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bookdescription

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1Coessens
Sep 20, 2008, 11:10am

I would appreciate all advice on how to describe old/antique books. I have (several) copies of Carter, ABC foor bookcollectors, but that supposes you know where to look. I was thinking about a book that starts from the beginning. "You have a book,..." Titleplate, boards, spine,... Any tip would be welcome, as weel as possible info on the net on the same subject.

2WholeHouseLibrary
Editado: Sep 22, 2008, 10:10am

Try going to the OakKnoll.com site. (Other than as a customer, I have no association with them.) They specialize in the Books about Books genre, and the list of available books will just astound you.

I can't recommend a specific book, excep, possibly, ABC of Bookbinding. I suspect it's the same book pared down to that specialized topic.

Also, I have The Booklover's Repair Manual -- Most of it is storage for tools and materials for destroying a book you are actually trying to fix (tic), but it also contains a book on how to do the repairs, and it alone is more than worth the cost. ~EVERYTHING~ is labeled. EVERYTHING.

*edited to correct the spelling of the web site

3Steven_VI
Sep 21, 2008, 5:09am

Describing old books is a job of its own - I know because it's my job. It all depends on how thorough you want your description to be. And you need to understand how old books are made before you can decide on what's important for you. A very good start for that is A new introduction to bibliography by Philip Gaskell. If you're really serious you can also try to read Fredson Bowers' Principles of Bibliographical Description but it's dry as a desert. And because you're from Belgium I suppose I can talk about my own Handleiding voor de Short Title Catalogus Vlaanderen which you can download at http://www.stcv.be/ned/instrumenten/handleiding.html .

4WholeHouseLibrary
Sep 21, 2008, 10:09am

OOOHHHHHH!!!!!

Steven,
Do you have an English language version of that book?????
If you do, I'll be your best friend for a week.
If you don't, you'll be stuck with me for LIFE!!!!

5Coessens
Sep 21, 2008, 12:37pm

Great stuff. Thanks for the professional tips. Ik zal zeker eens kijken naar je Handleiding. Hartelijk.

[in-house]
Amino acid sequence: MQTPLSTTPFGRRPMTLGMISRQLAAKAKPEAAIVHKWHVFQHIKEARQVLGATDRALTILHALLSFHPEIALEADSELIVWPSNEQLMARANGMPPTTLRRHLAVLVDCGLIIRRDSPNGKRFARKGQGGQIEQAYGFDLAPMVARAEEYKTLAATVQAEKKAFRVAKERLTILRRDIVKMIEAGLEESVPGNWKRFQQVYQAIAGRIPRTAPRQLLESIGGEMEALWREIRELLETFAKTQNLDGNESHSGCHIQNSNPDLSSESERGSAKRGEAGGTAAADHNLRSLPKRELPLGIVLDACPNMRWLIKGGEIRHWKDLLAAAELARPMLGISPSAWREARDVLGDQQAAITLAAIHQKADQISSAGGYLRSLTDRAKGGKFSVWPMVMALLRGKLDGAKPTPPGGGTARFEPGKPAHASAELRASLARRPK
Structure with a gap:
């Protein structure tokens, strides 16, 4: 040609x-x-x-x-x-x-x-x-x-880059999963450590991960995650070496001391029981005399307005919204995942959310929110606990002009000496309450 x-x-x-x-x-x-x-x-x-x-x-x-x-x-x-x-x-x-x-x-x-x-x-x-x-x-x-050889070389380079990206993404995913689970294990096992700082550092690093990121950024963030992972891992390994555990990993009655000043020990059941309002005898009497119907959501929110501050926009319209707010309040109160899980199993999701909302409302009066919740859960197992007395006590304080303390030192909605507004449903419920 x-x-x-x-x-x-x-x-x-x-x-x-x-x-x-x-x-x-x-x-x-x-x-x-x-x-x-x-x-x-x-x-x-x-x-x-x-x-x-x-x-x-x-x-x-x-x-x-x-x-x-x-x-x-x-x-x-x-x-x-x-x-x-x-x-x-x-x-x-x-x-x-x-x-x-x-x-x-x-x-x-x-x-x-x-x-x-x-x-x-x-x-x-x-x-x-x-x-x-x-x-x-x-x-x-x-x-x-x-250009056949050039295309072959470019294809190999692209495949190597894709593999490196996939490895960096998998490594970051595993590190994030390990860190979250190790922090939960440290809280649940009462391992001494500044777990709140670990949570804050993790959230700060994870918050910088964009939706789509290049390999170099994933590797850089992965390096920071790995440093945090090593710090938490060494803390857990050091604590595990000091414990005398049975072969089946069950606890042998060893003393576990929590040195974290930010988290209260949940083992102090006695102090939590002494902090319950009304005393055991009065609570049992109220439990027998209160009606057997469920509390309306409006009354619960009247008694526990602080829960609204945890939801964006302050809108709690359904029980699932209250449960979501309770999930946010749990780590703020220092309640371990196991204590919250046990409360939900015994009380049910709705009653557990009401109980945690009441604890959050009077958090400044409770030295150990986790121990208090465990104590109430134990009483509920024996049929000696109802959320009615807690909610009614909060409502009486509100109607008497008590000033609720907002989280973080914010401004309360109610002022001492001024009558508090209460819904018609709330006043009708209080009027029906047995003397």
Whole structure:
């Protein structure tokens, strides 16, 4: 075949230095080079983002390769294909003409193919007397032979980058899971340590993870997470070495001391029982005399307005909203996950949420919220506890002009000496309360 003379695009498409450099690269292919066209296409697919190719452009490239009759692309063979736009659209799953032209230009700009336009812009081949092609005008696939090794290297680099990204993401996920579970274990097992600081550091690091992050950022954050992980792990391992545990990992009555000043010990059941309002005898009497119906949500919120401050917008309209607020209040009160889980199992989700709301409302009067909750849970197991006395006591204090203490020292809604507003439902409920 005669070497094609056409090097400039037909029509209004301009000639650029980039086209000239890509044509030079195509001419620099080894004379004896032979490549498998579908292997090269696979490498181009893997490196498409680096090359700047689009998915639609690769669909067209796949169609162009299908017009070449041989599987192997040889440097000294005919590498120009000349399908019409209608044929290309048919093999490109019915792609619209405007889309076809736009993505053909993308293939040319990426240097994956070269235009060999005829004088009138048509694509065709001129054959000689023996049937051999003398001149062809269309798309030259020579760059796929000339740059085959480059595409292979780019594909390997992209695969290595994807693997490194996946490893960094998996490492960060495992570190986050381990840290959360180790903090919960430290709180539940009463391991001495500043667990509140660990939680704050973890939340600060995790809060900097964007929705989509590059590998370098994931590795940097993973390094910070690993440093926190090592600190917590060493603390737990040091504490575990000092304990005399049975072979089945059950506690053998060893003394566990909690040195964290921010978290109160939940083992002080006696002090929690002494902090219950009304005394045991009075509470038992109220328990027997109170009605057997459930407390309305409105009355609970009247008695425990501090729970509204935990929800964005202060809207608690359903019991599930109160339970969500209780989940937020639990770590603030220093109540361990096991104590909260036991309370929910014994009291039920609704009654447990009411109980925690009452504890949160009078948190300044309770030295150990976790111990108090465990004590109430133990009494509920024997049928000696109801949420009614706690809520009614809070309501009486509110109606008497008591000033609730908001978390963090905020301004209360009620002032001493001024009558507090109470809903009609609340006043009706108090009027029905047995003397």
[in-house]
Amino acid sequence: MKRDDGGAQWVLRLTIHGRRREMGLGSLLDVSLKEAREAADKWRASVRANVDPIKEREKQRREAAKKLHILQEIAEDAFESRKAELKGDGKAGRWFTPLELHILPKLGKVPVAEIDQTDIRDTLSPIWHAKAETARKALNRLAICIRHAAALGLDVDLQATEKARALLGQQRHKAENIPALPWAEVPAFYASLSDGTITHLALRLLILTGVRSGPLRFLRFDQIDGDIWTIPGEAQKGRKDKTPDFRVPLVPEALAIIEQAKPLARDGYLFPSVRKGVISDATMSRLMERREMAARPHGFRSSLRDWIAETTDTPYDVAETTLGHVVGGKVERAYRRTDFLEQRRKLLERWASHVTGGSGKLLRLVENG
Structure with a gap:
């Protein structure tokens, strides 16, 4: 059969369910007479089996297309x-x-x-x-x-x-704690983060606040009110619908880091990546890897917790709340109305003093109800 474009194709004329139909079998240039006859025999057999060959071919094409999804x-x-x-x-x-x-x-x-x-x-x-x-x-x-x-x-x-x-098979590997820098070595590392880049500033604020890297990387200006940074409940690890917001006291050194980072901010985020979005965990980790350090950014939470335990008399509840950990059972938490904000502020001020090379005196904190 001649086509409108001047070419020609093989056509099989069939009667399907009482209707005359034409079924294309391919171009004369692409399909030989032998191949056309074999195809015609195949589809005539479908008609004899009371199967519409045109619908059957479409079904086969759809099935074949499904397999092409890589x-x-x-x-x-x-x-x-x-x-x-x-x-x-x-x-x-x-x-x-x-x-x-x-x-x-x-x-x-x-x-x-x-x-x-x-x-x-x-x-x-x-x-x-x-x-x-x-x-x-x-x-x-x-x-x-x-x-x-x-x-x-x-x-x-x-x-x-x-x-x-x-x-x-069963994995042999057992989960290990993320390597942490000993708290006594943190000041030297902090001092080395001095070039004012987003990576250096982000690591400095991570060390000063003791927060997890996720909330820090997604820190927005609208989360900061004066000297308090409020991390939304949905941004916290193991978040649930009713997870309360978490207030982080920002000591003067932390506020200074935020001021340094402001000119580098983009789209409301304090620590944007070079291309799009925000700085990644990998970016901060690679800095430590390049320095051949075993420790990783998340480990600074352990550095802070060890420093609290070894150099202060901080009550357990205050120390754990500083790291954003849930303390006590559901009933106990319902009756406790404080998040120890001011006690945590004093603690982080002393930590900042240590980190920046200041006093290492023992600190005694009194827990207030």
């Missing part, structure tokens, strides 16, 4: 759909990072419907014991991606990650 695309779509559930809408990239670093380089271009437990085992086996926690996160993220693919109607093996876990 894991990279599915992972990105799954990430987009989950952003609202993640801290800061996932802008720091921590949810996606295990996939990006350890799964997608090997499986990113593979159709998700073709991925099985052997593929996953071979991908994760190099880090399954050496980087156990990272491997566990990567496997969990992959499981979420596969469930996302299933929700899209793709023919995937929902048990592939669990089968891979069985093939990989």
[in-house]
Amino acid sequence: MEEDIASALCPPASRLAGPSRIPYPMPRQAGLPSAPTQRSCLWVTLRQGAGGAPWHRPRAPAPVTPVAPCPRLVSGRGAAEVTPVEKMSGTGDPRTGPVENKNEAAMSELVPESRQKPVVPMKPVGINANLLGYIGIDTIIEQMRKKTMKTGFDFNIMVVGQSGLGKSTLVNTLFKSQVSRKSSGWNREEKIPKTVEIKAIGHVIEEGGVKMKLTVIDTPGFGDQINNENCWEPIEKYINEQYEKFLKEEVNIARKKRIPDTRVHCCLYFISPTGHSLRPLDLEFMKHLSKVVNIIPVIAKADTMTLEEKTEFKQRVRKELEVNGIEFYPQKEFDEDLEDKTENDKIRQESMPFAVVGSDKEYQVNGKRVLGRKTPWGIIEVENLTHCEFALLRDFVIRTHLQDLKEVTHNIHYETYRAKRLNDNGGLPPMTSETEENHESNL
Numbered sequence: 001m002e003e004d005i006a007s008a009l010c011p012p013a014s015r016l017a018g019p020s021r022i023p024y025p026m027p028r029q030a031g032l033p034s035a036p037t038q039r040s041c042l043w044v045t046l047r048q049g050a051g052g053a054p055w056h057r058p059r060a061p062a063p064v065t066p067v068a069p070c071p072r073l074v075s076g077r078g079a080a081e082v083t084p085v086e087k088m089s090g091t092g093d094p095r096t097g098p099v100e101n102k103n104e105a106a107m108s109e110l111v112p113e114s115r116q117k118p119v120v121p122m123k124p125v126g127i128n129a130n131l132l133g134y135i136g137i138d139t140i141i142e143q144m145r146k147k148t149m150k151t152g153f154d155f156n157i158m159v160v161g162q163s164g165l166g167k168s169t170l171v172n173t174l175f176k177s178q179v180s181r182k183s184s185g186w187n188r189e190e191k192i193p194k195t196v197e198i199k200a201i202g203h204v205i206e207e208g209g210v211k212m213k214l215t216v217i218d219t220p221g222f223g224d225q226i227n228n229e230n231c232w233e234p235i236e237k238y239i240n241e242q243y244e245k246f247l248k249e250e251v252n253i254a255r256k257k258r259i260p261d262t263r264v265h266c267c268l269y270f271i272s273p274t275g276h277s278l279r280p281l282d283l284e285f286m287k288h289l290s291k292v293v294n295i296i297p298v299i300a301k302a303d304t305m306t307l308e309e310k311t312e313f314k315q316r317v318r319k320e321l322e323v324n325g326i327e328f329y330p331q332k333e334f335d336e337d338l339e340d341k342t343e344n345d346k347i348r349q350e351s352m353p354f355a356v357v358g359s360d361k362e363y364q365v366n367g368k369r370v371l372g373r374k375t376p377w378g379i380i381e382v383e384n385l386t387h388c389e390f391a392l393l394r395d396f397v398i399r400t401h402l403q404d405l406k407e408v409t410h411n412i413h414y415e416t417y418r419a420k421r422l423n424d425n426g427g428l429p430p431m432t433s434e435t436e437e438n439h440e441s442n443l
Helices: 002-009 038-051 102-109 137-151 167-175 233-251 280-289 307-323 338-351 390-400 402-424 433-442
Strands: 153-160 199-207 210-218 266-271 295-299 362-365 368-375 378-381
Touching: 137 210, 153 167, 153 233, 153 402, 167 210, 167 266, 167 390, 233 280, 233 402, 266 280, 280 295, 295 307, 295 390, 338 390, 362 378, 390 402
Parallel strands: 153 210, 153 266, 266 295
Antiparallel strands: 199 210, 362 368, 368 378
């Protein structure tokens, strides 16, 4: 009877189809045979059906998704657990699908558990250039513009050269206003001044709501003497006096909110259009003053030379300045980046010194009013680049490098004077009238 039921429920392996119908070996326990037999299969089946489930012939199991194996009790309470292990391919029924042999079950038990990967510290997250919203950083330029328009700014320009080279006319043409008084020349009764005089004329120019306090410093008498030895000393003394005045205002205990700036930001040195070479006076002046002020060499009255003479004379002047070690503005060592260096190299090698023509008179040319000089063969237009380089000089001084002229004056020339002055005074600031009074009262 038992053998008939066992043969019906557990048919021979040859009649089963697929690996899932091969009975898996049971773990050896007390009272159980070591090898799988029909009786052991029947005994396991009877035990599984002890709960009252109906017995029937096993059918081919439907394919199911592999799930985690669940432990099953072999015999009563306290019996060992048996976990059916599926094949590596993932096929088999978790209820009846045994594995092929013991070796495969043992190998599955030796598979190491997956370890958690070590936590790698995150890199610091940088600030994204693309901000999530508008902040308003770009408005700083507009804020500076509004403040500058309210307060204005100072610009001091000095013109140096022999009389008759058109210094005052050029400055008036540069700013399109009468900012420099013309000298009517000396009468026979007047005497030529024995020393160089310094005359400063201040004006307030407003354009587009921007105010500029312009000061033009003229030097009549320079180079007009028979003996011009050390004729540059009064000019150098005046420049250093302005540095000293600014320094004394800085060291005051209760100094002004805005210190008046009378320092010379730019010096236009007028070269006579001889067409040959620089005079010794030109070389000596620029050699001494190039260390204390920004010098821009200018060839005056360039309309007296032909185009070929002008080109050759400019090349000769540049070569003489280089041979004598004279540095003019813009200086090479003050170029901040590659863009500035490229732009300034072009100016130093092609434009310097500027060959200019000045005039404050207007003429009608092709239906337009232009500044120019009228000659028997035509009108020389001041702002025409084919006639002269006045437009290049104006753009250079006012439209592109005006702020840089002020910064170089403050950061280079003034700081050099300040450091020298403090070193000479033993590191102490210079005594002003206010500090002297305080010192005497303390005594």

6Coessens
Sep 21, 2008, 12:41pm

Dit is grandioos. Nogmaals dank. Ik ga dit rustig doornemen en neem contact op wanneer ik meer info wens. Indeed great information. An english translation would be a plus.

7Steven_VI
Sep 21, 2008, 3:47pm

I'm sorry to say that an English translation will probably never happen - the manual was written specifically for the STCV project, and therefor necessarily local; but the project database itself can be consulted in English as well.

Anyway, Gaskell will put you on track for the background information, which is lacking in my manual. For the collation formula etcetera, you could try Bowers, but as I said it's very dry (I know of only 2 or 3 people who've read it entirely). Other useful manuals are :
- Ronald McKerrow, An Introduction to Bibliography for Literary Students (which is the predecessor of Gaskell's 'new introduction').
- M.J. Pearce, A Workbook of Analytical and Descriptive Bibliography.

There's also a really funny general overview by Neil Harris, online at: http://ihl.enssib.fr/siteihl.php?page=55 (don't worry, it's in English).

Good luck to you both!

8Coessens
Sep 22, 2008, 9:23am

That is indeed a lot of information. Do you have a 'similar' tip on information for the physical description of the book. The marbled boards, the spine, the leather binding,...
Thanks in advance.

9TalulahBelle
Sep 22, 2008, 9:46am

The OakNoll.com site; is this correct, as when I type it in it takes me to retirement homes! and I'm really intrigued about the site you are talking about!

10WholeHouseLibrary
Sep 22, 2008, 10:09am

My bad. I deopped a 'k'.

Here it is: http://www.oakknoll.com/

I'll correct it in #2 as well. Thanks.